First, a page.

The government must make fundamental changes in the structure of the economy and aggressively implement the public financial management law to ensure greater scrutiny and monitoring of the expenditures of ministries, departments and agencies.
A Country Senior Partner, PwC Ghana, Vish Ashiagbor, who gave the advice, said that would help consolidate the gains chalked up under the International Monetary Fund (IMF) programme.
“We have nice policies but the implementation becomes the problem.
So given what we’ve experienced now, we believe everybody understands that we cannot do business as usual.
“The government must take the opportunity to do some fundamental changes in the structure of the economy, implemented aggressively,” he said.
Mr Ashiagbor, who was speaking in a post-budget interview with the Daily Graphic, said the 2024 budget statement presented to parliament last week by the Minister of Finance, Ken Ofori-Atta, did not come as a surprise to PwC as it aligned with the commitments the government had made under the IMF programme.
“The budget is along the lines that I expected because going into the IMF programme, we had to commit to certain macroeconomic targets, so it was always going to be the case that this budget was going to be aligned with those targets,” he said.
Mr Ashiagbor reminded the government that the economy still remained fragile despite the signs of stability that were beginning to emerge.
He said although the minister, in presenting the budget statement to parliament, said the economy had turned the corner, suggesting that the economy had already recovered and was on the path of growth, the reality for businesses was not the same.
“You know business thrives on confidence and economics, and generally by confidence people who have confidence in the outlook of the economy are more positive in terms of investments.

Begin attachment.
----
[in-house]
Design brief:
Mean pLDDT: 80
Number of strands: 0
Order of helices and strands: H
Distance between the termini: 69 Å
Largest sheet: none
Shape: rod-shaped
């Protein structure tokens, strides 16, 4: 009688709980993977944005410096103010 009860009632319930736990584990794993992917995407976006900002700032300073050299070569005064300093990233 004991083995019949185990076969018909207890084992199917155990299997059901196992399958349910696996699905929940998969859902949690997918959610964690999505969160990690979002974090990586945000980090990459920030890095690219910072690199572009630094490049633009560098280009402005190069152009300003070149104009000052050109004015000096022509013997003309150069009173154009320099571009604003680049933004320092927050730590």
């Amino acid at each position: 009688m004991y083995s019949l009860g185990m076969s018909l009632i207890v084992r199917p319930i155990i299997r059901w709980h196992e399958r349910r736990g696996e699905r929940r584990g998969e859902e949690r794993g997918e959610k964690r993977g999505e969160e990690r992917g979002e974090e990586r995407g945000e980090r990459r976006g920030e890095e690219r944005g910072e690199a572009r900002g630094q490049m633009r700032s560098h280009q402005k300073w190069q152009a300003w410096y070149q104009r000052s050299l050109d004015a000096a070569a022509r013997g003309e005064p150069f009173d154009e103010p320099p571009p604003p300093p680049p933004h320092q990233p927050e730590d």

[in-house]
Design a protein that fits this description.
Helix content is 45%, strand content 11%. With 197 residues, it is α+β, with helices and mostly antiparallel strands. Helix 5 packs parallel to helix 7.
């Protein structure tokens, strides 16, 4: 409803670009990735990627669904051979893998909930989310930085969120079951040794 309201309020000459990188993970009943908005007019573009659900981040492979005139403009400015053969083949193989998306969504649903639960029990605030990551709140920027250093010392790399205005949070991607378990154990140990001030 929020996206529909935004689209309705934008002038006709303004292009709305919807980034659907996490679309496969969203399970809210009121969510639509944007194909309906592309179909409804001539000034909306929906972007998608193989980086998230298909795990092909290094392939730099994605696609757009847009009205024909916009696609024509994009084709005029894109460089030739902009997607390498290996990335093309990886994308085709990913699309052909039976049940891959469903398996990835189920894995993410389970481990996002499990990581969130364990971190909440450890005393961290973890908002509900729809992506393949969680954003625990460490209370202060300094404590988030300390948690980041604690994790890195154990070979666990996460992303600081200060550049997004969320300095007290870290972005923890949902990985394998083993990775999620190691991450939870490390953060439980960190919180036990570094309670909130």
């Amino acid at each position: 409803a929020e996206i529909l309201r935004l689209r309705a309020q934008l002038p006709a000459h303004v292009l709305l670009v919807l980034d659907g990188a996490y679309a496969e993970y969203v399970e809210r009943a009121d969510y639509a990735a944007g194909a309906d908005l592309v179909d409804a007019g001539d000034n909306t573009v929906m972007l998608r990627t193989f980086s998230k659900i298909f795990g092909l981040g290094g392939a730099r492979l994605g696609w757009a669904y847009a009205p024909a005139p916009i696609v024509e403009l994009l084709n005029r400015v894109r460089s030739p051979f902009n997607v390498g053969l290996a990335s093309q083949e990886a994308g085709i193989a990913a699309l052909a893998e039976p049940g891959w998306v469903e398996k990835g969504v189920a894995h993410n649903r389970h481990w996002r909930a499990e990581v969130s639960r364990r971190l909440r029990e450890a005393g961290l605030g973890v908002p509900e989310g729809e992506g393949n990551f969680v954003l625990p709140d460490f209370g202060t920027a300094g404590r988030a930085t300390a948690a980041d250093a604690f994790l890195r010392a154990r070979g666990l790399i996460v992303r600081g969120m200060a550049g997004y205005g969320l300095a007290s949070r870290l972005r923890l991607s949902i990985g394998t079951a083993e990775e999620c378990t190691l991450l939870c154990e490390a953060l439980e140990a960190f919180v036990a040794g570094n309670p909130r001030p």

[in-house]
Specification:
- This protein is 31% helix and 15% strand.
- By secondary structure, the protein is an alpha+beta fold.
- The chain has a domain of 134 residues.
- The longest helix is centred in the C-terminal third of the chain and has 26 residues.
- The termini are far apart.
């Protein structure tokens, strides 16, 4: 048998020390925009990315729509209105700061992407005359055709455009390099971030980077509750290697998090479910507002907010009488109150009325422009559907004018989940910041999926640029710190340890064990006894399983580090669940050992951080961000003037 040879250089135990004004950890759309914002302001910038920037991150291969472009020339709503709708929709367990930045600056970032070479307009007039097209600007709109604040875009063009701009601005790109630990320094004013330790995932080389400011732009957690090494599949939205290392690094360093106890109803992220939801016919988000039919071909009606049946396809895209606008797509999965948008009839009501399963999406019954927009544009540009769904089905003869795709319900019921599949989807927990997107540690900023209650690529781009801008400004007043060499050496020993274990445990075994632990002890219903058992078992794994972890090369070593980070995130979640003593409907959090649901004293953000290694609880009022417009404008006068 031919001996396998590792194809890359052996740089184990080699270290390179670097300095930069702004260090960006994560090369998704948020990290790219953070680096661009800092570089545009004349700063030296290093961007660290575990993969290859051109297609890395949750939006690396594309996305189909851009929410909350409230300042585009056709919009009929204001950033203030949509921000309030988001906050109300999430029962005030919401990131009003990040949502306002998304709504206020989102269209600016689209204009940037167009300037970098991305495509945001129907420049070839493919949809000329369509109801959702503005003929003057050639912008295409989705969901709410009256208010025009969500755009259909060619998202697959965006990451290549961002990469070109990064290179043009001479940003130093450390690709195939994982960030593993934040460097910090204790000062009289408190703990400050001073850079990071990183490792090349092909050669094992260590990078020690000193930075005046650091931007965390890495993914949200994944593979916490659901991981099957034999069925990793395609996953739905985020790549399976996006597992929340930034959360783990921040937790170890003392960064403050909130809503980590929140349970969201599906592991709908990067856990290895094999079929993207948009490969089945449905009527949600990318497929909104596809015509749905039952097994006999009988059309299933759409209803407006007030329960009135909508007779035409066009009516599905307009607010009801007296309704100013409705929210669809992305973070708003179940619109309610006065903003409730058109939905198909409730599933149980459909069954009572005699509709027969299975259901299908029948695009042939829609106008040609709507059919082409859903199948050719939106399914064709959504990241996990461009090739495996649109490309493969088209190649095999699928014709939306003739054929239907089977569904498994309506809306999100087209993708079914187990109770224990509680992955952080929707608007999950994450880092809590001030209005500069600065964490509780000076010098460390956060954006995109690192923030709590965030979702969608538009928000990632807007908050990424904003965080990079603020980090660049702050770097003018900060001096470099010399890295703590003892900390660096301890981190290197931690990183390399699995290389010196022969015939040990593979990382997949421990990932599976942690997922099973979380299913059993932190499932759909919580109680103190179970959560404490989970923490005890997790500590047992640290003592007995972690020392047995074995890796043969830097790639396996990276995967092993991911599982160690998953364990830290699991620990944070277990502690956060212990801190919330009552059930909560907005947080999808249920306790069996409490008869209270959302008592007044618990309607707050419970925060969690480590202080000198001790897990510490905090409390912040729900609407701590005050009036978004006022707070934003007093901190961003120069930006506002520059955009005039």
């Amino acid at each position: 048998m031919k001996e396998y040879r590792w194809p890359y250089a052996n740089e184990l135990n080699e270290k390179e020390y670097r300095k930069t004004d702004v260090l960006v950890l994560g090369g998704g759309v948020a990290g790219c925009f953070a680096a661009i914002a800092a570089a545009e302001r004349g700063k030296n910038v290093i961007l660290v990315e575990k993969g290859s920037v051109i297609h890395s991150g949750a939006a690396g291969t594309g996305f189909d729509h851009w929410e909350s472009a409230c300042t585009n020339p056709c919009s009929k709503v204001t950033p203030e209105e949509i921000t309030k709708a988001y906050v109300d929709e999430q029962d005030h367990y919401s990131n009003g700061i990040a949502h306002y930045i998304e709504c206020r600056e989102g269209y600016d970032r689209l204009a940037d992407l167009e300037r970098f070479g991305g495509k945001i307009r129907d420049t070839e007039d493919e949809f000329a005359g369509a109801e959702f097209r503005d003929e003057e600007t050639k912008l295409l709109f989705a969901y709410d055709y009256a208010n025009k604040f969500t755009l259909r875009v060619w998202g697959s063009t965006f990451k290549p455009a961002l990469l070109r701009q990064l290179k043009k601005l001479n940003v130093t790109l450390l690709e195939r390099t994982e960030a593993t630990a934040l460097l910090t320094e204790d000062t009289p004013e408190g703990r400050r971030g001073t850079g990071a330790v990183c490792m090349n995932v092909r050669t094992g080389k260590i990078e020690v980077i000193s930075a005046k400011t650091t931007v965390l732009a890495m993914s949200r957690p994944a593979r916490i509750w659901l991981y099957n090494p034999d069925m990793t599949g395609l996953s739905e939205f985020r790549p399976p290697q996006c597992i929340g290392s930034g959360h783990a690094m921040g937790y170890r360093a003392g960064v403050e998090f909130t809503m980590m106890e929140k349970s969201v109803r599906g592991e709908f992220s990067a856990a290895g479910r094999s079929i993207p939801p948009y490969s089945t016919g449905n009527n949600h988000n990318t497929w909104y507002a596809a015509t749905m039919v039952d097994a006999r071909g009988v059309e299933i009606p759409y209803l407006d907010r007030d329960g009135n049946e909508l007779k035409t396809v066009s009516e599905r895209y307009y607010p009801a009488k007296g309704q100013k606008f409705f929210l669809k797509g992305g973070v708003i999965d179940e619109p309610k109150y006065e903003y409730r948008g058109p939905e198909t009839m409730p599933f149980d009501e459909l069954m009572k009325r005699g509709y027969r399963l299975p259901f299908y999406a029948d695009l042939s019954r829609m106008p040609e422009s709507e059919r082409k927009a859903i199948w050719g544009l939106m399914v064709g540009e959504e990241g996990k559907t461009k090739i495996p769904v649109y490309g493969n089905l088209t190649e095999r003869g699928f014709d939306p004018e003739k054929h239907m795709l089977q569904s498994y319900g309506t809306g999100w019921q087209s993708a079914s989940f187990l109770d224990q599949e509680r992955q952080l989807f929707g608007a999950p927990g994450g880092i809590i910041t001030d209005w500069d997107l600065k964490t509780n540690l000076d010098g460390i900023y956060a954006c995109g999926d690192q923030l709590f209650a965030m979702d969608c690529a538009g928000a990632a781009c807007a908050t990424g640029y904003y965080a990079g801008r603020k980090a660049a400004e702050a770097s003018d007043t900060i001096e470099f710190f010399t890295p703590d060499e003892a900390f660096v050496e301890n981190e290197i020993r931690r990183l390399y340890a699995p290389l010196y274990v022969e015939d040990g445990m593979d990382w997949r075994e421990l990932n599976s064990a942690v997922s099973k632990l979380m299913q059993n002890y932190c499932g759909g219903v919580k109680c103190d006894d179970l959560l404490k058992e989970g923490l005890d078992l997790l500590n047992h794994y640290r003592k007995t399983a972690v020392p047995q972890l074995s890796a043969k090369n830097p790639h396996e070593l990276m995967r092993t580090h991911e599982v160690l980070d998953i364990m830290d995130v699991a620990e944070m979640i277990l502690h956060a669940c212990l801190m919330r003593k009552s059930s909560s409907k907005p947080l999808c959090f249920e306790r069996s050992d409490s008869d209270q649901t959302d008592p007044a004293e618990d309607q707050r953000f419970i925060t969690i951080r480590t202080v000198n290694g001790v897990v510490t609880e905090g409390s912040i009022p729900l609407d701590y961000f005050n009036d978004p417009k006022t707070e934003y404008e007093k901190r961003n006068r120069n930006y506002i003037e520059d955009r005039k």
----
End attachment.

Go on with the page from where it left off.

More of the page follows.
They are more positive in terms of taking a bit more risk and more positive in terms of employment and all those things.
“So I think part of what the minister was doing, given the role that he occupies, is trying to generate confidence within the economy so that it can add to the stability that is beginning to emerge,” he said.
He said on the business front, many businesses acknowledged that the economy was not out of the woods yet.
“There is a need for careful management and careful assessment of investment in business activities, then we will see what happens,” he said.
Touching on the government’s revenue generation plan for 2024, Mr Ashiagbor said tax revenue remained the bulk of the revenue generation plan to raise GH¢ 176.4 billion.
However, he said the budget statement did not indicate that the government had in place new measures to expand the tax net.
“We have not seen a particularly aggressive move towards broadening the tax base, so what the budget is looking at is to get more revenue by increasing the volume that is coming from existing sources,” he said.
He said the relevant individual businesses that ought to be paying taxes were not paying in sufficient amounts and there was the need to tighten up tax compliance.
“The digital systems we are putting in place as a country is all designed to assist in that regard; I just think that needs to be quick although I know that it involves investment but it seems to be the low hanging fruit in terms of revenue mobilisation,” he said.
Mr Ashiagbor explained that some tax measures in the budget statement had been designed to encourage investment into particular sectors of the economy and also give relief to individuals.
For example, he said the zero-rated (VAT) on locally produced sanitary pads would be directly encouraging local production, but would also be a relief to individuals, for hygiene and health care.
“I think the measures will encourage direct investment into the economy to benefit specific areas,” he said.